The Big Three Series Returns: YouTube

Posted: March 3, 2011 in Bellator, Marketing, PR, Social Media, Strikeforce, UFC

There has been a lot of activity in MMA over the last few months and as such I’ve slowed some of my toe-to-toe analysis of the MMA brands and their social channels.  Well, I’m going to refocus and make sure to stay on track.

Now that we explored the websites and Twitter handles of The UFC, STRIKEFORCE and Bellator last year, I’m going to take a dive into their YouTube channels and see who is using this platform the best in order to reach their target audience – you the fans.  I’ve looked at a number of MMA brands (like Ecko MMA) and publications (like FightersOnly) now I wanted to see how the MMA organizations themselves stack up

Channel URL:
Bellator Fighting Champtionship:

Channel Operators:
Unknown.  Each Channel is labeled as the promotion’s official site, but does not identify who is operating on behalf the MMA company.  My guess is someone in the marketing department or an outsourced social media agency.

Subscribers:  (As of 3/3/11)

  • UFC: 177,015
  • Bellator: 3,491

Page Design:

  • UFC:  Per everything else with UFC marketing, this is a unique piece of collateral.  The banners, background and videos are all branded.  There is nothing cookie cutter about this page.
  • STRIKEFORCE:  Slick, but still a bit flawed. The page has a very cool, feint outline of an MMA cage on a gray background.  It may not be the most eye-catching, but it is certainly appropriate and maps back to an MMA brand.  However, on that same subject – where’s the actual brand? No STRIKEFORCE logo at the top. C’mon guys!
  • Bellator:  Basic.  Similar to the old Twitter handle set up (they’ve since updated it nicely), BFC uses the black background and then inserts the basic YT profile set up.

Corporate Use:

  • UFC:  This is a great place for fans to get their video content fix.  Fight highlights, behind the scenes interviews, fighter vlogs, Dana White vlogs, Ultimate Insider episodes, weigh-ins and promo clips are all available.
  • STRIKEFORCE:  The content here is very strong.  STRIKEFORCE utilizes highlights from events, weigh-in film, post-fight interviews, backstage interviews and marketing collateral such as promos.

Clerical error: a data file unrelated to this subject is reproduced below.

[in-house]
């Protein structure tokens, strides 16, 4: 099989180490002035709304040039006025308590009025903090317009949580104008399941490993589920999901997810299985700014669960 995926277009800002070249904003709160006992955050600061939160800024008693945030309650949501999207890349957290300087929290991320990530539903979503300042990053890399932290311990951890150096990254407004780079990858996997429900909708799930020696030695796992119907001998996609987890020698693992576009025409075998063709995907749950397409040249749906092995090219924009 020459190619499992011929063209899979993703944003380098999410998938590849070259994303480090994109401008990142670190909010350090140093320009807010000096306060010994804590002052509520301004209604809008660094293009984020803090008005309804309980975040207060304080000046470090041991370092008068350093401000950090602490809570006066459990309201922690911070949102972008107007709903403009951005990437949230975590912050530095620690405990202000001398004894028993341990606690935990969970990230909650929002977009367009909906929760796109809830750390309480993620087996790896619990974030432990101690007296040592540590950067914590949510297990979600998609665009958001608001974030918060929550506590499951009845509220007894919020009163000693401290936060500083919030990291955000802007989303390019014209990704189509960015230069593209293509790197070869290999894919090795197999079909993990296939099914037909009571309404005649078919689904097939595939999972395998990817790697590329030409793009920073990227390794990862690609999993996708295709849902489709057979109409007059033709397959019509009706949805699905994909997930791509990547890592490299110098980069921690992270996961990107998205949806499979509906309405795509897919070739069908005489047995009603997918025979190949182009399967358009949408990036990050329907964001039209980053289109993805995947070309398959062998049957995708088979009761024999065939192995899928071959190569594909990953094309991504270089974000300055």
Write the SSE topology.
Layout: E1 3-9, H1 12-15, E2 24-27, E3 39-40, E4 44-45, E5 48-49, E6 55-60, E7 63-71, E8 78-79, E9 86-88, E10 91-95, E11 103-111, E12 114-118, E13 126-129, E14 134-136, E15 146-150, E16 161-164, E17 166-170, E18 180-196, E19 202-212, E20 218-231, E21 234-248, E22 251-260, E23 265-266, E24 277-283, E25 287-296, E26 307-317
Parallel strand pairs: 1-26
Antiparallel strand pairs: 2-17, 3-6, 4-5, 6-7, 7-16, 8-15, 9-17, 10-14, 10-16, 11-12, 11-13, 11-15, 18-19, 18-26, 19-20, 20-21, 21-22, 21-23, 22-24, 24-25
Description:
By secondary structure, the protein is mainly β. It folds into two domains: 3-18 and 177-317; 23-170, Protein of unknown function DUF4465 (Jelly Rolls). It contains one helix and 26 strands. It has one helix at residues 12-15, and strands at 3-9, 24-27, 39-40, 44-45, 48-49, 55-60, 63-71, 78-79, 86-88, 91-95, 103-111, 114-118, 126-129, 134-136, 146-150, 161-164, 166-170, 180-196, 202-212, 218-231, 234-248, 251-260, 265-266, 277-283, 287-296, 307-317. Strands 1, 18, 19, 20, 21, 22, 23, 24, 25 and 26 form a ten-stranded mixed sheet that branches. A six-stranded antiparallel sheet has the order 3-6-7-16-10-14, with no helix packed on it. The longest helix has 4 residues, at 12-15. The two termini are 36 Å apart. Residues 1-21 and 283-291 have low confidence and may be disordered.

• Bellator:  For the majority the videos are highlights of prior events and interviews with fighters.  There are a few marketing videos setting up fights before hand or serving as promos for upcoming seasons.  The big downfall is the site hasn’t been updated in months.

Social Integration:

  • UFC:  The Share button leads to some antiquated technologies.  But unlike a lot of channels, the site does list its Twitter handle information in the side bar alongside its corporate background.
  • STRIKEFORCE:  There is a share button, but it is not set to Twitter or Facebook or any other relevant platform.  However, if you still have a Myspace page – its cool.   Not mentions of Twitter
  • Bellator:  Although Bellator has upped its Twitter game since my first review, there is no mention of the handle or anything beyond the outdated YT “share” function.


  • UFC: 0.There is fan interaction, but no responses from any UFC personnel.
  • STRIKEFORCE: 0. There is fan interaction, but no responses from any STRIKEFORCE personnel.
  • Bellator: 0.  There is fan interaction, but no responses from any Bellator personnel.

Overall Rating:
1st Place: UFC; 2nd Place: Bellator; 3rd Place: Strikeforce.

The UFC is doing a great job similar has it had its Twitter presence and I look forward to seeing where they go next via video content.  Bellator only slightly passes STRIKEFORCE because of its branded logo and higher subscriber numbers.  With some extra attention, STRIKEFORCE could have a pretty cool channel on its hands.

Room for Improvements:
All three brands could elevate the interaction levels.  YouTube is certainly a beast and contains more trolls than a Lord of the Rings book.  However, all it takes is a little monitoring and the occasional comment to make a world of difference in terms of audience participation.  For the each brand I leave the following:

  • UFC: Keep on keeping on.  Other than showing some comment love from time-to-time, I can’t really ding this page.
  • Bellator: You need more consistent content.  There have been no new videos in months. I understand the format provides for a bit of an “off season” but there are ways around that with promo videos, etc..
  • STRIKEFORCE:  This site is starting to get stronger, keep it up.  With some more consistency in the promotion of the page it could grow to give other promotions a bit more of a scare.

Agree or disagree with anything I’ve said here? Let me know here at the blog or via Twitter @trochman

  1. How effective is this platform for developing organizations like XFC for example? Do smaller shows need to implement this and if so, what is the best strategy for those smaller shows?

  2. I actually think a platform like YT is better for smaller organizations than the big dogs. The big programs will have dedicated fans that will order PPVs, read magazines or go to live events. The smaller venues need platforms that can elevate their brands and their fighters. I think if there is regular content and someone monitoring the page to contribute to conversations, a small organization can grown into a fan-favorite in no time.

  3. […] the very least I need a new gimmick for this site – The Big 3 Series just got […]

Leave a Reply

Fill in your details below or click an icon to log in: Logo

You are commenting using your account. Log Out /  Change )

Google+ photo

You are commenting using your Google+ account. Log Out /  Change )

Twitter picture

You are commenting using your Twitter account. Log Out /  Change )

Facebook photo

You are commenting using your Facebook account. Log Out /  Change )


Connecting to %s